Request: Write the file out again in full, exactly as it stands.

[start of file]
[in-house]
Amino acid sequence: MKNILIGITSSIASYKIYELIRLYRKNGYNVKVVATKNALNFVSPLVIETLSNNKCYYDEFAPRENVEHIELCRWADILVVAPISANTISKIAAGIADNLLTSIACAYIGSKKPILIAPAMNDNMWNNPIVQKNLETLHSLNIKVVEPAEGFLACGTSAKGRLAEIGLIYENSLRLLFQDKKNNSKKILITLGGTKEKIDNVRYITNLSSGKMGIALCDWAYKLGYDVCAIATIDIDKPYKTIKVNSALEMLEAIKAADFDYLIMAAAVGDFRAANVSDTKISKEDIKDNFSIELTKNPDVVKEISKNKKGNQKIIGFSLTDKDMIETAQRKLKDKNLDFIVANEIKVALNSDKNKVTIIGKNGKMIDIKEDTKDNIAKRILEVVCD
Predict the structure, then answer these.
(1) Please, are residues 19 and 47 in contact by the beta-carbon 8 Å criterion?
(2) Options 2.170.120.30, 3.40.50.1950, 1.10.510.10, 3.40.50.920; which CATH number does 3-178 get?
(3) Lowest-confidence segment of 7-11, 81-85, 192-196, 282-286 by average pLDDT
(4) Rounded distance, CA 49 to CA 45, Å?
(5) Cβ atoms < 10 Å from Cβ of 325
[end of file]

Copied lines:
[in-house]
Amino acid sequence: MKNILIGITSSIASYKIYELIRLYRKNGYNVKVVATKNALNFVSPLVIETLSNNKCYYDEFAPRENVEHIELCRWADILVVAPISANTISKIAAGIADNLLTSIACAYIGSKKPILIAPAMNDNMWNNPIVQKNLETLHSLNIKVVEPAEGFLACGTSAKGRLAEIGLIYENSLRLLFQDKKNNSKKILITLGGTKEKIDNVRYITNLSSGKMGIALCDWAYKLGYDVCAIATIDIDKPYKTIKVNSALEMLEAIKAADFDYLIMAAAVGDFRAANVSDTKISKEDIKDNFSIELTKNPDVVKEISKNKKGNQKIIGFSLTDKDMIETAQRKLKDKNLDFIVANEIKVALNSDKNKVTIIGKNGKMIDIKEDTKDNIAKRILEVVCD
Predict the structure, then answer these.
(1) Please, are residues 19 and 47 in contact by the beta-carbon 8 Å criterion?
(2) Options 2.170.120.30, 3.40.50.1950, 1.10.510.10, 3.40.50.920; which CATH number does 3-178 get?
(3) Lowest-confidence segment of 7-11, 81-85, 192-196, 282-286 by average pLDDT
(4) Rounded distance, CA 49 to CA 45, Å?
(5) Cβ atoms < 10 Å from Cβ of 325